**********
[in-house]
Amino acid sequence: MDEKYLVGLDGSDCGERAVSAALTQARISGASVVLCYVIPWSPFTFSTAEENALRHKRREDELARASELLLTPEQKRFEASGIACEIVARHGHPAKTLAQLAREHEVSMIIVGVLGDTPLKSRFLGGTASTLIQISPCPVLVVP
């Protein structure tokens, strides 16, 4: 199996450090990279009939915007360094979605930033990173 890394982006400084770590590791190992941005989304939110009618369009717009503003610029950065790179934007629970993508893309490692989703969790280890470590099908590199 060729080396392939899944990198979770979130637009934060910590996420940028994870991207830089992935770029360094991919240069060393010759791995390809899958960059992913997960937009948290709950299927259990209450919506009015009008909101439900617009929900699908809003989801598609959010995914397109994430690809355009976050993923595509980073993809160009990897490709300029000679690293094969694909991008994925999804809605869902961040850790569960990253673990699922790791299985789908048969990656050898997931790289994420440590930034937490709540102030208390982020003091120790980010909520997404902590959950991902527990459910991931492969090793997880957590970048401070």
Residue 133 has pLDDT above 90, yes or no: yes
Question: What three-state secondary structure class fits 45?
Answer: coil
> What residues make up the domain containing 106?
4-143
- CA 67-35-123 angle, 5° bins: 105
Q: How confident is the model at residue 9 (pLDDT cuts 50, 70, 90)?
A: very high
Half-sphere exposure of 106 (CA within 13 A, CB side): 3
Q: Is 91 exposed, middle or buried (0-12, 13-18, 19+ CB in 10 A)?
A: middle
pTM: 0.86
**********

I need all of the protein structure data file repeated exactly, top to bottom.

[in-house]
Amino acid sequence: MDEKYLVGLDGSDCGERAVSAALTQARISGASVVLCYVIPWSPFTFSTAEENALRHKRREDELARASELLLTPEQKRFEASGIACEIVARHGHPAKTLAQLAREHEVSMIIVGVLGDTPLKSRFLGGTASTLIQISPCPVLVVP
């Protein structure tokens, strides 16, 4: 199996450090990279009939915007360094979605930033990173 890394982006400084770590590791190992941005989304939110009618369009717009503003610029950065790179934007629970993508893309490692989703969790280890470590099908590199 060729080396392939899944990198979770979130637009934060910590996420940028994870991207830089992935770029360094991919240069060393010759791995390809899958960059992913997960937009948290709950299927259990209450919506009015009008909101439900617009929900699908809003989801598609959010995914397109994430690809355009976050993923595509980073993809160009990897490709300029000679690293094969694909991008994925999804809605869902961040850790569960990253673990699922790791299985789908048969990656050898997931790289994420440590930034937490709540102030208390982020003091120790980010909520997404902590959950991902527990459910991931492969090793997880957590970048401070």
Residue 133 has pLDDT above 90, yes or no: yes
Question: What three-state secondary structure class fits 45?
Answer: coil
> What residues make up the domain containing 106?
4-143
- CA 67-35-123 angle, 5° bins: 105
Q: How confident is the model at residue 9 (pLDDT cuts 50, 70, 90)?
A: very high
Half-sphere exposure of 106 (CA within 13 A, CB side): 3
Q: Is 91 exposed, middle or buried (0-12, 13-18, 19+ CB in 10 A)?
A: middle
pTM: 0.86